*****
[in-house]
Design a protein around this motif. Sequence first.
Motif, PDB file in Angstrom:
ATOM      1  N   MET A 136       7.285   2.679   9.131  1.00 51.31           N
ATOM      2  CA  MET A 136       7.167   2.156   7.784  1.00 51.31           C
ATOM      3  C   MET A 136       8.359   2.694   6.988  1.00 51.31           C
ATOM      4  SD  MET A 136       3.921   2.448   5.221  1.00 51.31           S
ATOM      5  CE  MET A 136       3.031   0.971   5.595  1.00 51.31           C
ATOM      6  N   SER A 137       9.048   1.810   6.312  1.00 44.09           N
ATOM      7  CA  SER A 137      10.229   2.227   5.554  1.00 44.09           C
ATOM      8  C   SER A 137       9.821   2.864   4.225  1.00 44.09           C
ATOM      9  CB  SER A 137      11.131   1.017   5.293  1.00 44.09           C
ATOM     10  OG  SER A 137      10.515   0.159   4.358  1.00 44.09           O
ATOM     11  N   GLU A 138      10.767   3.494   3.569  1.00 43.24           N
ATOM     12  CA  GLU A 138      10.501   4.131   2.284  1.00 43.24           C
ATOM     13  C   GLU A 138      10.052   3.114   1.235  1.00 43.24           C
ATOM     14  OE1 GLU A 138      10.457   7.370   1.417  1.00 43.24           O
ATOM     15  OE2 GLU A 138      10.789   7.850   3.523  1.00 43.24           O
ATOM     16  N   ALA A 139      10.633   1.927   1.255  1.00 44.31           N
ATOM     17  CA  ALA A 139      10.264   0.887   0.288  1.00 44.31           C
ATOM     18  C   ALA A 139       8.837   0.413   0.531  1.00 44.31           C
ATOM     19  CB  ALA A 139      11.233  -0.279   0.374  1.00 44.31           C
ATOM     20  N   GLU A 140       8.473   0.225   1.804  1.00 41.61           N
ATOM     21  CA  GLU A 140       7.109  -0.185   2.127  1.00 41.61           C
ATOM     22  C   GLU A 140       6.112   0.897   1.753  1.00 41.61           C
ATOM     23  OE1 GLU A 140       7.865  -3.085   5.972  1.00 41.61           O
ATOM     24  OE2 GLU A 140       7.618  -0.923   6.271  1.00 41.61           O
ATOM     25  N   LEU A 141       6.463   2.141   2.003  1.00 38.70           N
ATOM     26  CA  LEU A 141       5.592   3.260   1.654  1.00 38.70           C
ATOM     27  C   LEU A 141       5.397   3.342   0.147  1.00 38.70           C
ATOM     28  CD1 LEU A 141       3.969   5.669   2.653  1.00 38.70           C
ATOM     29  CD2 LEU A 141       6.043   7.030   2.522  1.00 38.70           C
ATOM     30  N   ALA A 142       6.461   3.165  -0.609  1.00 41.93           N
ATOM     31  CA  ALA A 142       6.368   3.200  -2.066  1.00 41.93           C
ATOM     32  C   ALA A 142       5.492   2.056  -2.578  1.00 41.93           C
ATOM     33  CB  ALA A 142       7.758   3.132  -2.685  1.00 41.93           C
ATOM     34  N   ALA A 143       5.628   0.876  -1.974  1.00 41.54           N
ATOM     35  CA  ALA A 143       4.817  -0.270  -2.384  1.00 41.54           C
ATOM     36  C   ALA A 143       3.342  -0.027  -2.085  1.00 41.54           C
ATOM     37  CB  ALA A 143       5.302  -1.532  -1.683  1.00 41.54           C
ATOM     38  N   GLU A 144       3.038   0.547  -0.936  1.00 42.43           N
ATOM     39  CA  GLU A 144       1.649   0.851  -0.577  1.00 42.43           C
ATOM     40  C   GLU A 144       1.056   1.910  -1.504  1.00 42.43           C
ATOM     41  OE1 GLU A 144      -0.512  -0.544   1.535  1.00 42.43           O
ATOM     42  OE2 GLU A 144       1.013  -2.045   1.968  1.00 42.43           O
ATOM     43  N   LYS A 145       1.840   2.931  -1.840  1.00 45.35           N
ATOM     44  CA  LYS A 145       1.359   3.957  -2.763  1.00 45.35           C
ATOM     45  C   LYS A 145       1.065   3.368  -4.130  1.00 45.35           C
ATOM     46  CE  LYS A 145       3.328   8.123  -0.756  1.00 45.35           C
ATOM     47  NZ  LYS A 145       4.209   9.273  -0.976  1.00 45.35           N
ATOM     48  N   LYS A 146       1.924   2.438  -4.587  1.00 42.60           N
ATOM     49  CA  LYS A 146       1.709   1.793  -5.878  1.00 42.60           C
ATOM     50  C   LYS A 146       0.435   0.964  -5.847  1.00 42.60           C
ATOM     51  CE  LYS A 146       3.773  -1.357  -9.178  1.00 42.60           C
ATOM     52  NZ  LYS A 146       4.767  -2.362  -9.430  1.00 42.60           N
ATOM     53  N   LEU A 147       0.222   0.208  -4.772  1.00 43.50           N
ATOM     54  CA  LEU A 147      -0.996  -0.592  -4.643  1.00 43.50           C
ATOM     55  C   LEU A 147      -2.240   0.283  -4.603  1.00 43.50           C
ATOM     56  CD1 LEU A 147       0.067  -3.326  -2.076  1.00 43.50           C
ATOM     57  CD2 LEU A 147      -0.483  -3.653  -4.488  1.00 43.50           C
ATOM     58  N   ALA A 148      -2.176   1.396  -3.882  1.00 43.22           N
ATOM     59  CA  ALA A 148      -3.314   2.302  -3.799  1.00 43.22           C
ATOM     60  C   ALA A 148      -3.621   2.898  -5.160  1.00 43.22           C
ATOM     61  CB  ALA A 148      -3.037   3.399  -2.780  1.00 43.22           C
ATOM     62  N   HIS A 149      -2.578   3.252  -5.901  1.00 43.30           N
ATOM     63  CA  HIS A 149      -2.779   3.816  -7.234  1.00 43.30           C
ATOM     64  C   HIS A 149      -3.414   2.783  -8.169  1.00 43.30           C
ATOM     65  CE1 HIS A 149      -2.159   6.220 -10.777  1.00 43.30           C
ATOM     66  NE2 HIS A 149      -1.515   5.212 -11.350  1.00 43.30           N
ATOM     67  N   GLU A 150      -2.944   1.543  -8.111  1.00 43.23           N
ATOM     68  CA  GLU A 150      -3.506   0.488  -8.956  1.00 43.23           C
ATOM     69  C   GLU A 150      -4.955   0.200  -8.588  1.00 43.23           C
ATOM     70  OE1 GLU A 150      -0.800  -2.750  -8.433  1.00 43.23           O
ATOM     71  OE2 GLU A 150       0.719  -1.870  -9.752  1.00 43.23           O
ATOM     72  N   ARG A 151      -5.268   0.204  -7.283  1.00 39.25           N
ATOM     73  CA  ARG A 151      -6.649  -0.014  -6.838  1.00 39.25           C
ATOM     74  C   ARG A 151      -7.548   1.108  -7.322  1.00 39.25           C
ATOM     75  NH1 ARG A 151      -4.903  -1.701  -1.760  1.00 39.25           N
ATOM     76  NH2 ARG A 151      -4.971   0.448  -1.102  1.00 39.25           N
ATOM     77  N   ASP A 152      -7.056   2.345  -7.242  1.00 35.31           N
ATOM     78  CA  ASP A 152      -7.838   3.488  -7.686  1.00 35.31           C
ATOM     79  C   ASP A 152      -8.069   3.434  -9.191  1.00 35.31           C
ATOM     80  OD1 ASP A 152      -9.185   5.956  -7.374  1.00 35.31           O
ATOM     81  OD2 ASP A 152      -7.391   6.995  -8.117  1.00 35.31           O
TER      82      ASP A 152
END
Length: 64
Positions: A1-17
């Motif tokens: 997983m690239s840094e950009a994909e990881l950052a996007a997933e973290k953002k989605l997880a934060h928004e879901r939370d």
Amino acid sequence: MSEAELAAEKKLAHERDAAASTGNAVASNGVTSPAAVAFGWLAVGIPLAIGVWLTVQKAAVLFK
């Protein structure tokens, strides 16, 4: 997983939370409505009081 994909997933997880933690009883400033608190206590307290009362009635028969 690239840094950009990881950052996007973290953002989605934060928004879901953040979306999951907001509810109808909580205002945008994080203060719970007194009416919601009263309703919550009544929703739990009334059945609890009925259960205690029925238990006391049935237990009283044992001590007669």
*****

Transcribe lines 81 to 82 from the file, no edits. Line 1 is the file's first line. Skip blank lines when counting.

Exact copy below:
ATOM     78  CA  ASP A 152      -7.838   3.488  -7.686  1.00 35.31           C
ATOM     79  C   ASP A 152      -8.069   3.434  -9.191  1.00 35.31           C